Many e-commerce stores trust that the consumer will never sue them for the leakage of sensitive data, which is a misnomer. Once the source of information is proven, you can be civilly and criminally liable for failure.
The costs of a legal process arising from security breaches in electronic transactions may mean closing your venture. That’s why many banking and financial institutions invest heavily in methods to protect their customers’ data.
Faced with this, the cost of ensuring that your e-commerce is compliant with PCI-DSS is minor compared to any negative reaction concerning lack of sensitivity to protecting consumers’ data.
Higher profitability for the business
Implementing PCI-DSS compliant measures in e-commerce can also bring greater profitability to your enterprise as you pay reduced fees to card buyers for being concerned about the secrecy of transactions.
In addition, the trust developed by consumers makes them buy more often from you, increasing their sales.
Best security practices to implement in your e-commerce
Security in electronic transactions requires a series of protective layers, from the simplest to the most complex. Here are some best practices you can (and should) adopt:
The famous https code that precedes your e-commerce URL is a minimal detail, but it can make all the difference in your store’s trust, starting with the fact that Google favors sites with secure connections.
Some antivirus programs, such as Kaspersky, indicate in SERP which sites are safe for the user, which can also be a selective filter for new customers to enter their virtual store.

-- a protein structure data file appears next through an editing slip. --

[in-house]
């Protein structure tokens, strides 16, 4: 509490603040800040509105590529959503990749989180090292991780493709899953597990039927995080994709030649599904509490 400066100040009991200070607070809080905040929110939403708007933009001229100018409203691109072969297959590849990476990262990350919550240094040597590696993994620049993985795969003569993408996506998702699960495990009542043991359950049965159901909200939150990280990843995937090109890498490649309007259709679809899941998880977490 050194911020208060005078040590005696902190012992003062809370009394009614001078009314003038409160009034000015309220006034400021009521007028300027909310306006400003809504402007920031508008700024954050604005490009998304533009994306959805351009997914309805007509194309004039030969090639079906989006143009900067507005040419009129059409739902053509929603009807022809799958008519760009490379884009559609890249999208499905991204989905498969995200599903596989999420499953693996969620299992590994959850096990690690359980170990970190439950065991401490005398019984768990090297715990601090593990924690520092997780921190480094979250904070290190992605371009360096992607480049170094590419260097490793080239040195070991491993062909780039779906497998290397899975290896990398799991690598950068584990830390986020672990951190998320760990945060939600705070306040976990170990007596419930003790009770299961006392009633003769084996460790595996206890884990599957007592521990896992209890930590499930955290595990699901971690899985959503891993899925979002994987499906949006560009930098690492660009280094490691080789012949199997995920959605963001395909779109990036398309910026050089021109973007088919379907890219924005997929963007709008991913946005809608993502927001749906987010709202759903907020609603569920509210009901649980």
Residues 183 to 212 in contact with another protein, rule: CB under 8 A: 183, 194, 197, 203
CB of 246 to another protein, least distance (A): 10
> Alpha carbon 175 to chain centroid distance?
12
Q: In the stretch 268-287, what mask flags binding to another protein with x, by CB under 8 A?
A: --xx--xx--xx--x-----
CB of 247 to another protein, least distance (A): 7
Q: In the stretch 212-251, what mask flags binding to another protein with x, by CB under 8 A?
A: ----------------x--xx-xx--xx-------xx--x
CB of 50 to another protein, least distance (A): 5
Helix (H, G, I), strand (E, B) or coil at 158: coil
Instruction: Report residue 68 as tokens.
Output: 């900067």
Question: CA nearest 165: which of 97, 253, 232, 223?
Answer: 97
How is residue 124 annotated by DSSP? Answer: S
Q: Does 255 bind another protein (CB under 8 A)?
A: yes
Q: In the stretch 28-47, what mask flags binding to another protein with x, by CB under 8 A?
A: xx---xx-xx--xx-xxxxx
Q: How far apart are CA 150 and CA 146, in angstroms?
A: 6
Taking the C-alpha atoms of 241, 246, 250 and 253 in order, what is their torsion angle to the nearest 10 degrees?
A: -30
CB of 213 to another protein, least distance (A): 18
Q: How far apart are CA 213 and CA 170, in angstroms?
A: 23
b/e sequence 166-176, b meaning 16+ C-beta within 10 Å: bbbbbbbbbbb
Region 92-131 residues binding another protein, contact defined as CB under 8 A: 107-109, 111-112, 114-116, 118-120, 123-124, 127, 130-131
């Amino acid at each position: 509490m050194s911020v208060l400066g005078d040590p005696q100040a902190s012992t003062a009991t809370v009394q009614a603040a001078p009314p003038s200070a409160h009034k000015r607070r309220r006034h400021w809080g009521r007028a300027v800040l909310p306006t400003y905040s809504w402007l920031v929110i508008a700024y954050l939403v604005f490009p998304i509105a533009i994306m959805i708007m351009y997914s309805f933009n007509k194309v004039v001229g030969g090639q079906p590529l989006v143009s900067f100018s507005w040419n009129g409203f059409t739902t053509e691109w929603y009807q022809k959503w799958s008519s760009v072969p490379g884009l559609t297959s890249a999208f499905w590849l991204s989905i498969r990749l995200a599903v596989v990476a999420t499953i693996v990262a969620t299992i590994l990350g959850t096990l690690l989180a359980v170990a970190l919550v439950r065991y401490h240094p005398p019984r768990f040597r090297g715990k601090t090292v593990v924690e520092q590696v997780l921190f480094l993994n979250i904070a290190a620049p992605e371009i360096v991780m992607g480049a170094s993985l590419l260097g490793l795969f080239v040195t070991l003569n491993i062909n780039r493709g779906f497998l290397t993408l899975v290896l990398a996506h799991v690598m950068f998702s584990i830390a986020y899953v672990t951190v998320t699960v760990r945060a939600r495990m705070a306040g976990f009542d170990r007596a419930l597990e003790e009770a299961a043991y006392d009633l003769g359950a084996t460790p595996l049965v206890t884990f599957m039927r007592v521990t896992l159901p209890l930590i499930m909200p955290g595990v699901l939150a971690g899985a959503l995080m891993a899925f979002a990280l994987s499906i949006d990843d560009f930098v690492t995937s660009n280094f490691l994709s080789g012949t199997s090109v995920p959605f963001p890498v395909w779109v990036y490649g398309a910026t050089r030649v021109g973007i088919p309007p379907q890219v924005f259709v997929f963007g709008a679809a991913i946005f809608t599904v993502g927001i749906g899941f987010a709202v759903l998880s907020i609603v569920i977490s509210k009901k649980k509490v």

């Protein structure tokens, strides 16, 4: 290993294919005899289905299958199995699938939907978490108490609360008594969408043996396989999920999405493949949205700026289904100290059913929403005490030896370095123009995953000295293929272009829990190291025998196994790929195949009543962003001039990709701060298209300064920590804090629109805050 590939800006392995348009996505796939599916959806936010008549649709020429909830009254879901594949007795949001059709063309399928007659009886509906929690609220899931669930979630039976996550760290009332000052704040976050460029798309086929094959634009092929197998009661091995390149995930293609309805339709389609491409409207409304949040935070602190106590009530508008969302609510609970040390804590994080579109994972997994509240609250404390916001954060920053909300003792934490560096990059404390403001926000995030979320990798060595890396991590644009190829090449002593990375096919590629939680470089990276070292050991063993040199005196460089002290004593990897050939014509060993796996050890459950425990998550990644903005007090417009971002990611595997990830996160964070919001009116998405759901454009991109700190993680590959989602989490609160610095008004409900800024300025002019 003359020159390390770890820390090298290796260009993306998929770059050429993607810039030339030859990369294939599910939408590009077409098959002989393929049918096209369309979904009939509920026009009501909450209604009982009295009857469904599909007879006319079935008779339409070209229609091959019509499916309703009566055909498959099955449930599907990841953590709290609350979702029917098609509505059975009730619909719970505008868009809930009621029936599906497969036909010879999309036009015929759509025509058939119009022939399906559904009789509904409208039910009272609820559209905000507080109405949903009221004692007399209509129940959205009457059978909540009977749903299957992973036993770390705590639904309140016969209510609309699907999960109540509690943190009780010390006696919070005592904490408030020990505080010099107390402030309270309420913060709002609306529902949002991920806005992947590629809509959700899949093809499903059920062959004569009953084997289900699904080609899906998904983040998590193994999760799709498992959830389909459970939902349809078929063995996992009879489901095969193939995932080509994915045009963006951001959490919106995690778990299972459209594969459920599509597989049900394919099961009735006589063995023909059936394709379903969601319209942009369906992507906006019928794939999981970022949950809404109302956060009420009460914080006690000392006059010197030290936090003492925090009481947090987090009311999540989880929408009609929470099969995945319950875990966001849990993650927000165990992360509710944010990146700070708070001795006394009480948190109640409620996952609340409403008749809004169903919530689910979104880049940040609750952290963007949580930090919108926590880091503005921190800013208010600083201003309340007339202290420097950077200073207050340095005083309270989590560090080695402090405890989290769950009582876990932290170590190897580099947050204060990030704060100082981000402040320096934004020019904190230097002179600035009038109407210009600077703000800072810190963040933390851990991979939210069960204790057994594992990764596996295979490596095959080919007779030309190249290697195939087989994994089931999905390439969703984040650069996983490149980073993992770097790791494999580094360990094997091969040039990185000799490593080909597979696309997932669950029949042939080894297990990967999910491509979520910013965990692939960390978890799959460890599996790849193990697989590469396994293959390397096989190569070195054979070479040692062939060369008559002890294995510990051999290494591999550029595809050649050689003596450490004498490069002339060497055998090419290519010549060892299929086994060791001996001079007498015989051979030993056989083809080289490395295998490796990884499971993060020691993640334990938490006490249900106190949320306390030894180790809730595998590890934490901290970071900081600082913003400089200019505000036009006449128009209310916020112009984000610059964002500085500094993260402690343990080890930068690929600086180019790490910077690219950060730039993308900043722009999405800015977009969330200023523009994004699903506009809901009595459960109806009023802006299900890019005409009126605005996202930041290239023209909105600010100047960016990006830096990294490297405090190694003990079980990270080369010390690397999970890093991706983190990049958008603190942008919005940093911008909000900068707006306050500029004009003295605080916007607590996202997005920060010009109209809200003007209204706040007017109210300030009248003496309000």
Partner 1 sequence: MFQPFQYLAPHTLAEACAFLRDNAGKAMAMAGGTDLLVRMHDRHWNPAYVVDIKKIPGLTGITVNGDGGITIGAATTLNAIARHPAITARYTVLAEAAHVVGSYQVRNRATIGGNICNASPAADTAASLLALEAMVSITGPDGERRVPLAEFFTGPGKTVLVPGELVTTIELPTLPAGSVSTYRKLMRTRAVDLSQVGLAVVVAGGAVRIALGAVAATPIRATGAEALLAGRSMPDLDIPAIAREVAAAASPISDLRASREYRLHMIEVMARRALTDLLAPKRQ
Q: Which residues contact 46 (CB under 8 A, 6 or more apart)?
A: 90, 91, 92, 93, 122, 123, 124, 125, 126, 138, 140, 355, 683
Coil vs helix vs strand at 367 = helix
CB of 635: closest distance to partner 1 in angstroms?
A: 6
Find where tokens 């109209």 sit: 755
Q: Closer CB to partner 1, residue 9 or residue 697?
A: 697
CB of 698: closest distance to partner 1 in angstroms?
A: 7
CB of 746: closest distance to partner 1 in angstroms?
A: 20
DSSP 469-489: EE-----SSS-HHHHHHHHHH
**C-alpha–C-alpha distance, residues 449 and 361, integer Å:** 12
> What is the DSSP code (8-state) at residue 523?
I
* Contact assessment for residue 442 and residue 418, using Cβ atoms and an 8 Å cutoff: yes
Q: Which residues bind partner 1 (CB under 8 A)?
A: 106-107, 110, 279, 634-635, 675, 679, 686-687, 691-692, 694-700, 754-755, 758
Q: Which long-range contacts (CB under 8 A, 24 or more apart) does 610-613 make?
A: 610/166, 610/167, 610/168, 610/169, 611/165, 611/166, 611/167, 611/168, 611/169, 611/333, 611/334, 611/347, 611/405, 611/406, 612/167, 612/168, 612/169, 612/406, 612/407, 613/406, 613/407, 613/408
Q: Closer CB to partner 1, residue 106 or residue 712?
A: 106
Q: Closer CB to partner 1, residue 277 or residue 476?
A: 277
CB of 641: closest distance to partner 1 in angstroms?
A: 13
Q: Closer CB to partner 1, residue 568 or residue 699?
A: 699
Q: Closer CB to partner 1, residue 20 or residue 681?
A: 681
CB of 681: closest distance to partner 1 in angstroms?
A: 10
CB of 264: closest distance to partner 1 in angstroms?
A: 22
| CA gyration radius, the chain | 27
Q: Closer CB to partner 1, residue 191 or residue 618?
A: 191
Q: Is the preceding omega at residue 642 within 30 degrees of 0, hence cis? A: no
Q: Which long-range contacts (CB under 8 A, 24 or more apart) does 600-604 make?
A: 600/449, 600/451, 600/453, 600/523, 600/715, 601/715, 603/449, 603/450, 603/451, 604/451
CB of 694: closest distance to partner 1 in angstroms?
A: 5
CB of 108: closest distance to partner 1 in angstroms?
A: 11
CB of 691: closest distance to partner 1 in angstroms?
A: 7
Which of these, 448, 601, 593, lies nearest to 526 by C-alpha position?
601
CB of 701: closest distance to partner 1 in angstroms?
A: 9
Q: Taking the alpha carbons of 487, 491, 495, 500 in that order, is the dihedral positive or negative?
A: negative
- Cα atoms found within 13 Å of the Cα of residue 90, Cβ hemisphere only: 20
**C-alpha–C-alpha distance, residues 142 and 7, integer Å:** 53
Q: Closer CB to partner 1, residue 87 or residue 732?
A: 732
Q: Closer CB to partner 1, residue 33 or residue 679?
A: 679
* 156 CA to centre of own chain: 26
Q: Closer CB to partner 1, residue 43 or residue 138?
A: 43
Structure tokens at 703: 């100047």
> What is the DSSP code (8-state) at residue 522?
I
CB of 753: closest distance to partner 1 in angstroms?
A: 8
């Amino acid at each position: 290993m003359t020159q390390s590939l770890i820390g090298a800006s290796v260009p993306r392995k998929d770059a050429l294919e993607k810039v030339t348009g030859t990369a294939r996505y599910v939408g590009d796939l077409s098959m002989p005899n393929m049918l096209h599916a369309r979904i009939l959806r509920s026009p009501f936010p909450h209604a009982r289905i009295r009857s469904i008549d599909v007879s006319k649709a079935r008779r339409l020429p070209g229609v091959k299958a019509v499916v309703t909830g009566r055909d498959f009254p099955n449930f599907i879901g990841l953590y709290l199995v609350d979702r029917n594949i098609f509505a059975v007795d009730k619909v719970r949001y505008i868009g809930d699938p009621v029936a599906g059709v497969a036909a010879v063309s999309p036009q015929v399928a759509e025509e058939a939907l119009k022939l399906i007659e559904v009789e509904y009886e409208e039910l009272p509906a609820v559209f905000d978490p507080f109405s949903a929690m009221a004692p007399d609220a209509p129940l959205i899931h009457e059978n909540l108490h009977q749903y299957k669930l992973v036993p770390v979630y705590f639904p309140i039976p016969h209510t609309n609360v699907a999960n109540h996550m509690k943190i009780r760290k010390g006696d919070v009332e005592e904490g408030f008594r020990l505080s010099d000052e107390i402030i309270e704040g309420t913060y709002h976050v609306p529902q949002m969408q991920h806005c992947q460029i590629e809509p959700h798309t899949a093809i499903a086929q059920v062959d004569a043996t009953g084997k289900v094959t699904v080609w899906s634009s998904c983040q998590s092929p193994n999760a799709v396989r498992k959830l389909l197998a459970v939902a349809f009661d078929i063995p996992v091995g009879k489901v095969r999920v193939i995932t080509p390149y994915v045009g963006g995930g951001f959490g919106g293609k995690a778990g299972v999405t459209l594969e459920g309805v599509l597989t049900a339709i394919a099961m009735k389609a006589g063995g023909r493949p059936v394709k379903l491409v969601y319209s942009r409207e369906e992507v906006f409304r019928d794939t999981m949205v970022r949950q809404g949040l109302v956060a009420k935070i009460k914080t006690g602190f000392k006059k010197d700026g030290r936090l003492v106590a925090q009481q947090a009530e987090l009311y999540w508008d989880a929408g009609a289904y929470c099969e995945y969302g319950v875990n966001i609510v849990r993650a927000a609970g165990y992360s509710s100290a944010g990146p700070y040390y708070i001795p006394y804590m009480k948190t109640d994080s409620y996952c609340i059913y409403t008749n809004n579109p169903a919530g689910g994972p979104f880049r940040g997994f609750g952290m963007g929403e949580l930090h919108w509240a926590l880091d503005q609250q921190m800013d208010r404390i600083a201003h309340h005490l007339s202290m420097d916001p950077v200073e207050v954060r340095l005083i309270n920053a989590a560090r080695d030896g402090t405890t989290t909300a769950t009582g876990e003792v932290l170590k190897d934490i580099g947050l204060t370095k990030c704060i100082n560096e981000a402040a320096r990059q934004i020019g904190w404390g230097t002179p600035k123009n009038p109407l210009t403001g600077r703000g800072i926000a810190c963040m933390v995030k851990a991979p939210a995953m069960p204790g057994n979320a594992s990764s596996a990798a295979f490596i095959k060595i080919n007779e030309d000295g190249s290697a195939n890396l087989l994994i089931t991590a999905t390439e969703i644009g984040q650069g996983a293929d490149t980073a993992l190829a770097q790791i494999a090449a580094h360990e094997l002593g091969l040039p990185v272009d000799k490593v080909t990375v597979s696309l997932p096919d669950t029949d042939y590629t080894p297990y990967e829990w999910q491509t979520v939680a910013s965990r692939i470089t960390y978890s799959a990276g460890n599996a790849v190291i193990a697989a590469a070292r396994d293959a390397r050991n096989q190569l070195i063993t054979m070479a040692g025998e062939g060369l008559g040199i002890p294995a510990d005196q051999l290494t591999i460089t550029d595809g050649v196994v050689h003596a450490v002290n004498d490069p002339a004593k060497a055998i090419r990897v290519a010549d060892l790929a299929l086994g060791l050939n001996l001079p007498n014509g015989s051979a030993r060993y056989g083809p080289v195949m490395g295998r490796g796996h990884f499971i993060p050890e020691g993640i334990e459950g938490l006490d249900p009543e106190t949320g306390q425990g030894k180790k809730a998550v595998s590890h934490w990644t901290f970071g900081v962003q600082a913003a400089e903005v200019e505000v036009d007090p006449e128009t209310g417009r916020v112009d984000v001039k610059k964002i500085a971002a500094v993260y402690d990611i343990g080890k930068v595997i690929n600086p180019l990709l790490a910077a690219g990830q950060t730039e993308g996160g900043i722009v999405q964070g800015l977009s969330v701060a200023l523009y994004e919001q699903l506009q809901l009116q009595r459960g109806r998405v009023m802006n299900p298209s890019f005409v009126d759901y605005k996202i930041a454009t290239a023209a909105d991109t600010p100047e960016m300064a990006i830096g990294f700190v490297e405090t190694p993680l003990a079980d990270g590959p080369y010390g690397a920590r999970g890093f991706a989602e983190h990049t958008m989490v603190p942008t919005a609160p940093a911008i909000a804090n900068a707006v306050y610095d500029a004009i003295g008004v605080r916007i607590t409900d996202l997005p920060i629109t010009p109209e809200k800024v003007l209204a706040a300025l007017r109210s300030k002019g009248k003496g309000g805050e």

Basically, the “s” in https means that the moment the user accesses your site, any information exchanged between the user and the e-commerce platform will be encrypted, preventing third party access.
Double opt in
Another way to make your e-commerce more secure and comply with PCI-DSS is to adopt the double opt in. When registering in your e-commerce, the consumer must receive an email or SMS, with a link or a password, to validate the registration. This type of measure is easy to implement and prevents fraud.
This feature is widely used by banking institutions to validate purchases made with credit cards. To confirm the transaction, the user must access a virtual token (device that generates a new password every minute) and enter the current password to complete the transaction.
Continued code change prevents hackers or viruses from having time to discover the consumer’s password and misuse their data.
If you consider the cost of high PCI certification, you can opt for a payment intermediary.
Payment intermediaries are platforms that specialize in offering payment solutions and invest in both the PCI-DSS certification process and other virtual security features to prevent their customers’ data from being accessed by third parties.
That way, you care about your core business and leave the safe side of the deal with those who understand the subject.